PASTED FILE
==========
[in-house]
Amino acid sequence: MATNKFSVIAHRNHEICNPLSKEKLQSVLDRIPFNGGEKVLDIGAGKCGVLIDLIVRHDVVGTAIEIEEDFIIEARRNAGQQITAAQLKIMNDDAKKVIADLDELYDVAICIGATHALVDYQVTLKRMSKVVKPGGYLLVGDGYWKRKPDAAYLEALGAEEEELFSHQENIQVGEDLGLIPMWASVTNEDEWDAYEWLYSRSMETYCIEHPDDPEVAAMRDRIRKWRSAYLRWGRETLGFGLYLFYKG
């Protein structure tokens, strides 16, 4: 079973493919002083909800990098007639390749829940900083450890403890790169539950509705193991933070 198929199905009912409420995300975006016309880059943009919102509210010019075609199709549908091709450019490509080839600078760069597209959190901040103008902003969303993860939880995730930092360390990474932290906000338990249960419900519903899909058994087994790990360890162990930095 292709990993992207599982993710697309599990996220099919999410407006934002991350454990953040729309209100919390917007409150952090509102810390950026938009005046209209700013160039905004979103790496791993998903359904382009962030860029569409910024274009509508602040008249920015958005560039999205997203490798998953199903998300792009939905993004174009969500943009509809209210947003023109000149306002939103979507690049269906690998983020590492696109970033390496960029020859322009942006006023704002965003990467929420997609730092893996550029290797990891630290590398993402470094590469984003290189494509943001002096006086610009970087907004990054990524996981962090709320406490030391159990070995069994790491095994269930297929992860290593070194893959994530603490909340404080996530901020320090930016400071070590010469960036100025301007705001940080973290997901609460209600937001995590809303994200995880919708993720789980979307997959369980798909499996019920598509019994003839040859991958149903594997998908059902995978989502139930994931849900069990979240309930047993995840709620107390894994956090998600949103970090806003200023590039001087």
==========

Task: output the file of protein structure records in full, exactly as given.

[in-house]
Amino acid sequence: MATNKFSVIAHRNHEICNPLSKEKLQSVLDRIPFNGGEKVLDIGAGKCGVLIDLIVRHDVVGTAIEIEEDFIIEARRNAGQQITAAQLKIMNDDAKKVIADLDELYDVAICIGATHALVDYQVTLKRMSKVVKPGGYLLVGDGYWKRKPDAAYLEALGAEEEELFSHQENIQVGEDLGLIPMWASVTNEDEWDAYEWLYSRSMETYCIEHPDDPEVAAMRDRIRKWRSAYLRWGRETLGFGLYLFYKG
């Protein structure tokens, strides 16, 4: 079973493919002083909800990098007639390749829940900083450890403890790169539950509705193991933070 198929199905009912409420995300975006016309880059943009919102509210010019075609199709549908091709450019490509080839600078760069597209959190901040103008902003969303993860939880995730930092360390990474932290906000338990249960419900519903899909058994087994790990360890162990930095 292709990993992207599982993710697309599990996220099919999410407006934002991350454990953040729309209100919390917007409150952090509102810390950026938009005046209209700013160039905004979103790496791993998903359904382009962030860029569409910024274009509508602040008249920015958005560039999205997203490798998953199903998300792009939905993004174009969500943009509809209210947003023109000149306002939103979507690049269906690998983020590492696109970033390496960029020859322009942006006023704002965003990467929420997609730092893996550029290797990891630290590398993402470094590469984003290189494509943001002096006086610009970087907004990054990524996981962090709320406490030391159990070995069994790491095994269930297929992860290593070194893959994530603490909340404080996530901020320090930016400071070590010469960036100025301007705001940080973290997901609460209600937001995590809303994200995880919708993720789980979307997959369980798909499996019920598509019994003839040859991958149903594997998908059902995978989502139930994931849900069990979240309930047993995840709620107390894994956090998600949103970090806003200023590039001087």